Growing up in 1980s North East England, we did not have pumpkins at Halloween. We followed the Irish jack-o’-lantern folktale and Halloween tradition of hollowing out a turnip. Rather, our parents would carve it for us because believe me a tough old turnip is not soft enough to scoop!
We would carry the little boulders around on our spooky adventures to light the way, and would persistently be plunged into darkness as the flame on our candles was snuffed out by a lake of molten wax. Yes, small children carried around ACTUAL FIRE in 1980s England. This is even more terrifying when you consider the flammable nature of a Halloween costume. Mind you, back then our vampire capes and witches dresses were commonly comprised of a black plastic bin liner cut jagged around the ‘hemline’ with neck and arm holes hacked out. Though I’m not sure that makes live flame in children’s hands any less terrifying… Hey, ho, it was Halloween night.
As we hunted ghosts around the ruins of Hylton Castle, it became a race as to whether the string handle would first cut through the sides of the weighty turnip, or into our cold little fingers. Still, we had fun…
Though ‘Stingy Jack’ from the Irish tale would never have even seen a pumpkin, I just cannot deny the appeal. They were a big bright visual that us British 80s kids were intrigued by through American TV shows and movies. These days this plump Native American fruit is commonplace in our supermarkets too, so I have reaped a bunch of my favourite creations to get your spooky juices flowing!
If you would prefer to avoid the messy carving out stage altogether–and who would blame you–there are a whole host of tricks to help achieve amazing results without ever picking up a kitchen knife. No-carve pumpkin designs are especially handy when you’re creating a jack-o’-lantern display using multiples, or when time is of the essence. They’re a fast way to fill up a Halloween party decor scheme or a themed event.
1. Painted Jack-O’-Lantern
For starters, how about a painted pumpkin? You can slosh it on with a brush or fast track your finish using spray paint. Monochrome paint designs are an absolute winner for the season, the single colour is super fast to apply and visually bold.
On a ghostly white background paint black silhouettes of giant bugs, spider webs, bats and snakes. On a midnight black background, paint skulls and spirits or add creepy messages in a variety of gothic typography styles. Print letter templates out from your home computer for a professional finish.
2. Chalkboard Pumpkin
For a quicker typographical fix, how about a chalkboard pumpkin that you can change on a whim or by the day? All you need is a can of chalkboard paint and a liquid chalk marker pen. Once the chalkboard paint is dry, you can make as many changes as you like. You can even use it as a Halloween countdown calendar to your haunted house party time!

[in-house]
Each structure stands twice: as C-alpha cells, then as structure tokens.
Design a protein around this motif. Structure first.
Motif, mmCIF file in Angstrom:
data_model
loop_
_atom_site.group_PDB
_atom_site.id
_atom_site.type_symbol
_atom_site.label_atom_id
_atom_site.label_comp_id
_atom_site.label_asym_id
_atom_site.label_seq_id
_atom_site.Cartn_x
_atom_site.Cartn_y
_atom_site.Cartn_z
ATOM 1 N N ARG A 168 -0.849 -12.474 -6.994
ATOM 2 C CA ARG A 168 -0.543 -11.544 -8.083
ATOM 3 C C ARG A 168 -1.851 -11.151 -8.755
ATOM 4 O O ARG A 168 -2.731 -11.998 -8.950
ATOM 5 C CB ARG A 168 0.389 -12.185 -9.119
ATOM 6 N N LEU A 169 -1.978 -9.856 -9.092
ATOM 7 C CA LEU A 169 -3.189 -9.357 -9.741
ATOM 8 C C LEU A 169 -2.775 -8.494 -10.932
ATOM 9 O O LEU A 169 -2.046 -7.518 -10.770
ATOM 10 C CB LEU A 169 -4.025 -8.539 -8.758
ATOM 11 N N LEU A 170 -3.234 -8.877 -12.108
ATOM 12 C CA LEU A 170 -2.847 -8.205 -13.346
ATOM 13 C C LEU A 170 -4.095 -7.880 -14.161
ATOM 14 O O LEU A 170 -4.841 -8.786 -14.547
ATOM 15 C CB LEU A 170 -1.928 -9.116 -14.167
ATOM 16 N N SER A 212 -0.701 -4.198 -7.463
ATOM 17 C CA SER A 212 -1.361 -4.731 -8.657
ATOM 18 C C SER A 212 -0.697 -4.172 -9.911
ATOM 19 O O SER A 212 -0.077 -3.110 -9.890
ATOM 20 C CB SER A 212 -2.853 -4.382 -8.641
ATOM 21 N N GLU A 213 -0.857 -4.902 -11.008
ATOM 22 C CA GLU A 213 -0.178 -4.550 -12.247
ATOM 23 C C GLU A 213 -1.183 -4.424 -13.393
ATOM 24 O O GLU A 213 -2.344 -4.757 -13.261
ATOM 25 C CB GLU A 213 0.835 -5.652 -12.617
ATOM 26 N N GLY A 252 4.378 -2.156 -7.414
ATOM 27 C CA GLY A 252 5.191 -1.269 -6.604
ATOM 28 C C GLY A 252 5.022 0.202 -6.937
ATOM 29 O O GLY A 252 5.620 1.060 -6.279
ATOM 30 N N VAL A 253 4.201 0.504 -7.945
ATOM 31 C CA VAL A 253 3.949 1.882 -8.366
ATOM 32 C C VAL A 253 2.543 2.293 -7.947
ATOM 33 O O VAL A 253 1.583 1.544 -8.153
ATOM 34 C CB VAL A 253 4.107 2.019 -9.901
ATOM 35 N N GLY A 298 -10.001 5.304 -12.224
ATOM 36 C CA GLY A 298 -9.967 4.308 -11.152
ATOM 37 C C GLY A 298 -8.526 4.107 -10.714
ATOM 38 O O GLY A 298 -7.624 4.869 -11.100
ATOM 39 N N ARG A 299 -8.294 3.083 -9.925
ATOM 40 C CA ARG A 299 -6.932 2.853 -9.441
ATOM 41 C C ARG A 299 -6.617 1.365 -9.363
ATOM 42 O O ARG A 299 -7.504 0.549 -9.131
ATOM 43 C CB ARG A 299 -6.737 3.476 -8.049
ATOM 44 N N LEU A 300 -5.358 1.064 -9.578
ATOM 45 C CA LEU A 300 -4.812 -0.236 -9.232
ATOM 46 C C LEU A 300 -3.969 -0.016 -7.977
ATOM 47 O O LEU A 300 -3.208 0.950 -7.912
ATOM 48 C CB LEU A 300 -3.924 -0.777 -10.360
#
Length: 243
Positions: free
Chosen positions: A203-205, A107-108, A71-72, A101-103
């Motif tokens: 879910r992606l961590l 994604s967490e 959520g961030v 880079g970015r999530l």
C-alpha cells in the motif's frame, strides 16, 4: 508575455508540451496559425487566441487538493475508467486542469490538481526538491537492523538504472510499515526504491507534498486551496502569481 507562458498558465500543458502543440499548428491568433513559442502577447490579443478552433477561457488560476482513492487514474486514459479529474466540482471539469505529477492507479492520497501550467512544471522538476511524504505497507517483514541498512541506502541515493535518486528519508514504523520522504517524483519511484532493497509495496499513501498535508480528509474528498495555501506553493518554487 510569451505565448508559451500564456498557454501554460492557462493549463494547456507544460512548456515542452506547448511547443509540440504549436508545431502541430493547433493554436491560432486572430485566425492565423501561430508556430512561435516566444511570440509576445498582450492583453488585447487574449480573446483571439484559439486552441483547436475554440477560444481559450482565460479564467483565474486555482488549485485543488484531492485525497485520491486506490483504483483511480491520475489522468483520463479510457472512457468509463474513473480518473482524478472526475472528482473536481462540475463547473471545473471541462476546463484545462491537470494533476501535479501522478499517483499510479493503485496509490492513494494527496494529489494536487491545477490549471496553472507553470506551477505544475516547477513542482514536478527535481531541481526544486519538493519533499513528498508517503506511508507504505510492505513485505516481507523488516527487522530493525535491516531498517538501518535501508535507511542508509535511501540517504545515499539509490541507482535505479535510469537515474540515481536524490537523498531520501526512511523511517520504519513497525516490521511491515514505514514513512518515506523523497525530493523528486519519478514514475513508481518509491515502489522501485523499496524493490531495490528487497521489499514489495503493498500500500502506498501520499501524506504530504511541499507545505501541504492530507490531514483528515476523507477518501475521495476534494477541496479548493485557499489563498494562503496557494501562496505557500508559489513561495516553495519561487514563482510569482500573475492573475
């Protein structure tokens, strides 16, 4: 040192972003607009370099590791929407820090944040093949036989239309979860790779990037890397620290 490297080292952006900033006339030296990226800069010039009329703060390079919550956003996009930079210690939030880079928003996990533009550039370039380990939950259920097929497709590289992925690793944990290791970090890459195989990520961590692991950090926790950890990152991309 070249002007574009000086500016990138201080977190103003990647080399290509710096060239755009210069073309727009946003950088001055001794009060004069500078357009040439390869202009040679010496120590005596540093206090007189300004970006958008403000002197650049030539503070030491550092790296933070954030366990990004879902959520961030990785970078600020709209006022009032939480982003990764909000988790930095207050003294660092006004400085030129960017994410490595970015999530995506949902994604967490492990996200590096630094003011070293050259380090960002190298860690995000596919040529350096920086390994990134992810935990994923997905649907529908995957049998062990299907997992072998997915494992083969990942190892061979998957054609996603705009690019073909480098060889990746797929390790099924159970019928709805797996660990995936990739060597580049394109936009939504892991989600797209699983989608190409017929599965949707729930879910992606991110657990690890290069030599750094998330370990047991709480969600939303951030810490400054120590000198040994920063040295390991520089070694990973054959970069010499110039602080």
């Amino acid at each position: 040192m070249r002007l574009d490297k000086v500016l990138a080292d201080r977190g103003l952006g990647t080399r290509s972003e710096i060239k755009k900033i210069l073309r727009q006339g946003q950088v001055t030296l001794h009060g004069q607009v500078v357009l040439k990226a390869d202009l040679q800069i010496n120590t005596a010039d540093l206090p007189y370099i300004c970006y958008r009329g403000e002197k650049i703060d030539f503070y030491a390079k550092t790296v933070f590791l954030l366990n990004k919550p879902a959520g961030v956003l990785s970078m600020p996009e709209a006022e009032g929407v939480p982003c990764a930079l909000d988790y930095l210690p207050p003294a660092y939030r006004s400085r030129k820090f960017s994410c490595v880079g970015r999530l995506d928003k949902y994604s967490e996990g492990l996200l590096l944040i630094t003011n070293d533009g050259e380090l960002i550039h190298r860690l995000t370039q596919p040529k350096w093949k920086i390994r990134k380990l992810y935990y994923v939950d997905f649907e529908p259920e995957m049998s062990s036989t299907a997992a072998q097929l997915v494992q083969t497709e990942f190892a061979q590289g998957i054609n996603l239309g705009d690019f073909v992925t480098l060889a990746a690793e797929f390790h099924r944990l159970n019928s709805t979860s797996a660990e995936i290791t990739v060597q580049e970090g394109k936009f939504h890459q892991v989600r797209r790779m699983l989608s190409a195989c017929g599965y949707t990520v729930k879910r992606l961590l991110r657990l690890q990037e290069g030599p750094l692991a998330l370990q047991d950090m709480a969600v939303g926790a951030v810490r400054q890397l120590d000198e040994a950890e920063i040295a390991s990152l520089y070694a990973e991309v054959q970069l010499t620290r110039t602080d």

3. Lace Covered Pumpkins
Take a haberdasher’s approach to your Halloween fruit by clothing them in fancy fishnet-stocking material, or by pulling on a leg of lacy pantyhose for a chic and effortless result.
With the help of a glue-gun you could also attach lengths of thin ribbon along the pumpkins natural creases for an extra fruity finish. Ooh la la! Pumpkins have never looked so sultry!
4. Rhinestone Pumpkins
If you like a bit of glitz and glam decor you can create sparkling designs by applying rhinestones with a glue-gun too. Try applying them in a scattered design using various sized rhinestones, or use the creases as your guide for a more controlled approach.
If you’re feeling particularly arty you could stick on the stones in a cobweb design and complete the look with a big fake spider rocking the rhinestone look too, like an eight-legged Elvis. If you’re no good a freehanding a design then print out a templates of spooky creatures and follow the outlines, or fill at will.
5. Nailed It!
Punching nails or furniture tacks into your pumpkin is another a quick and cool way to achieve a shiny, shimmering outline across the surface. If you’re not too confident in your design skills then draw yourself some subtle guidelines to follow (that wont be visible on the finished product) before you start punching them in.
6. Halloween Fairy Lights Using Pumpkin Patterns
Make fairy lights out of your jack-o’-lanterns by using different sized drill bits to create twinkling patterns.
Of course, you will have to scoop out the goop in order to site a light source for this quick pumpkin decorating tip but the effect is well worth the bit of added effort. Experiment with pumpkin patterns as wild or as subtle as you like to emit different amounts of light.
The Legend of The Jack-O’-Lantern
Have fun with your pumpkins but remember that the Halloween legend of Jack originally led to the carving of many types of veggies to ward off wandering evil spirits. So, you could even try experimenting with more of your surplus five-a-day!